Why don't you get on out, and let the pretty girl have her car back? Don't tell me what to do.
TIM: Ooh! That's 15, Officer Chen.
You're already in the loss column.
Let's go out.
- Eat a bag of d - Not helping.
- I'm not a bad guy.
- Sir, look - Back off! - Okay.
Look, I get it.
It's been hard Being home, back in your life, where nothing feels normal.
But she's just trying to do her job.
And I know, your mother didn't teach you to disrespect women Don't talk about my mom.
She died when I was over there.
I'm so sorry.
You know she would tell you that you're better than this.
You fought for freedom, and that includes this girl's freedom from you harassing her 'cause 'Cause you got drunk and lonely.
You're right.
I'm sorry.
Don't apologize to me.
I'm sorry.
Bite me.
Do you live here, sir? Yeah, upstairs.
Head on up, straight to bed.
And just take it easy next time you're at the bar.
Calm, plus leaving, plus an apology.
I crushed this test.
- Nice recovery.
- Mm-hmm.
- TIM: Have a great day, ma'am.
- Oh! Uh, just wait one second.
Have you seen this car while you've been driving around? - Mm.
Super cute.
- Yeah, thanks.
You know what? I did see it.
Where? There it is.
LUCY: Somebody's inside.
Control 7-Adam-19, occupied 10-8-5-1, Wilshire Normandy Station.
Stop right there! Put your hands on top of your head.
Fingers interlaced.
You are under arrest for auto theft.
You don't understand.
I didn't steal the car.
The guy who owns it lent it to me, but he lost the keys.
I'm the guy who owns the car.
You didn't even lock it.
- What did you expect? - Yeah, well, it doesn't lock.
- It does now.
- What? - How did you fix it? - It was easy.
Just popped off the door panel.
Took like two minutes.
Wait, are you living in here? - How old are you? - 17.
Where are your parents? Dead.
Alright, anything in here that's gonna stick me? - Needles, knives? - No.
LUCY: How long have you been living on the street? A year.
Careful with that! Oh.
Must be hard living like this.
What do you care? Uh I-I'm not gonna press charges.
Here, stand up.
Seriously? Yeah, it's my car, - my prerogative.
- Boot We'll get you set up over at a children's shelter.
- Alright? - Oh, you don't have to.
I got someplace else I can go.
Does it have doors that lock and people that care about you? Does the children's shelter? You know how many times I got my stuff stolen from there? And it's too far from school.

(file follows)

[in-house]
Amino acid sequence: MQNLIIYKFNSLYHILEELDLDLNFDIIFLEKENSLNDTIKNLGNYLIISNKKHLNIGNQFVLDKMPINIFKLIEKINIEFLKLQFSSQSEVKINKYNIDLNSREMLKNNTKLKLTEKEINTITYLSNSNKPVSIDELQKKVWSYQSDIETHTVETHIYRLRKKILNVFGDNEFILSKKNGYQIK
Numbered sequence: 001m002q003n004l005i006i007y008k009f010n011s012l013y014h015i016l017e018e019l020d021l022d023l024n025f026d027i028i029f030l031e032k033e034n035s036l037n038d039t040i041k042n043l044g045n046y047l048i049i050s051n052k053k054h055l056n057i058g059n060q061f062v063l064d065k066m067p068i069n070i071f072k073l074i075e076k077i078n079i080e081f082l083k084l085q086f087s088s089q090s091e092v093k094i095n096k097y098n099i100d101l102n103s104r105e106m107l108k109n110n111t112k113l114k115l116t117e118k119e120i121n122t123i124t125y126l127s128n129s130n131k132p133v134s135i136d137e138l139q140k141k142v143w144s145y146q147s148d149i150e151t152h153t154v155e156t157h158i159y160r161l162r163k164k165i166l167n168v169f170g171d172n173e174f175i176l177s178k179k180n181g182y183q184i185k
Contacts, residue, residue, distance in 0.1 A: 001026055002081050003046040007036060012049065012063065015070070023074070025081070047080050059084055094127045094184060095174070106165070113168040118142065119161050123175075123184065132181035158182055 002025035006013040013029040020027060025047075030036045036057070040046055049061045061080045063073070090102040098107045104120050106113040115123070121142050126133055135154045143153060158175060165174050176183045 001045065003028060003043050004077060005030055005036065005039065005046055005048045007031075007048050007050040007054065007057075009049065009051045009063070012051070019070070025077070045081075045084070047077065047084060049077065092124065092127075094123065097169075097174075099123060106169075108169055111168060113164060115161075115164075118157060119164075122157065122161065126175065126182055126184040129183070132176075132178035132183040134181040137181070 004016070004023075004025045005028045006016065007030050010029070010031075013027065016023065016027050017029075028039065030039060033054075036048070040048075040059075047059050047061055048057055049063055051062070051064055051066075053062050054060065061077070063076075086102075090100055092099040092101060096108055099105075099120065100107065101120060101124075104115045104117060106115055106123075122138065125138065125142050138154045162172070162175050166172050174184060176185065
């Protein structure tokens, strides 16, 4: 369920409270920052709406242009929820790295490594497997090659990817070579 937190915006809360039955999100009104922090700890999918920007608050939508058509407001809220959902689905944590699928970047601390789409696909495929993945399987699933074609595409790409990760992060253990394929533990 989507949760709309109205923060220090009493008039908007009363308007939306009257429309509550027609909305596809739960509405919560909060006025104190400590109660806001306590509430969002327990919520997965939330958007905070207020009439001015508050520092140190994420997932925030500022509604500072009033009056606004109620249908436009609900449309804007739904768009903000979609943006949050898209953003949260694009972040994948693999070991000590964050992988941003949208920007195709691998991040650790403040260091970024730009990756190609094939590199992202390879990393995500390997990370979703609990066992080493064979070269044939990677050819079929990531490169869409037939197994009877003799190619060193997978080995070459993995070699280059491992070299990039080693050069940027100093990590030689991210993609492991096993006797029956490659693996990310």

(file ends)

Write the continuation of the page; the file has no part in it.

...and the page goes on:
- You still go to school? - Yeah.
I do.
And I get good grades.
Any more dumb questions? [ZIPPER SLIDES.]
Look, I don't want to make getting to school hard for you, but I don't have a choice here, so it's either jail or the shelter.
But I won't just dump you there, okay? I'll I'll help you find a permanent place.
- Is she for real? - Officer Chen, a word.
You, stand here, hands on the car.
- Congratulations.
- On what? - On your first puppy.
- What? Every rookie adopts a puppy at some point, someone they think they can save.
Honestly, I'm surprised it took you this long.
- Did you have a puppy? - That's - Not relevant here.
- Mm-hmm.
What is is that it never goes well.
Okay, well, she's not a puppy.
She's a girl in trouble, and I'm gonna help her.
Okay? 7-Adam-07, show us Code 6 on the burglary call at 1119 Brower.
DISPATCH: 7-Adam-07, copy.
Um, I'm D'Andre, and these are my folks.
They don't really speak much English.
- West African? - Uh, Somalia, actually.
I was born in Long Beach.
So, uh, someone broke into your home? Yeah.
We We spent the night in Bakersfield for my basketball tournament.
Just got home a few hours ago, and door was busted open.
TVs, computers, - and my mom's jewelry.
- DOUG: Sorry to hear that.
Used to play a little ball back in high school.
Used to call me the Dougernaut.
- You got a nickname? - Not really.
Uh, "D" sometimes.
"D," huh? "D-Ball.
" Nice.
I like it.
So, did anyone know you'd be gone? Did you post on social or anything like that? Got any tattoos, D-Ball? I mean one.
A little, tiny dot I gave myself when I was 13.
See? So, who are you claiming these days, D? What? Uh, I'm not claiming anybody.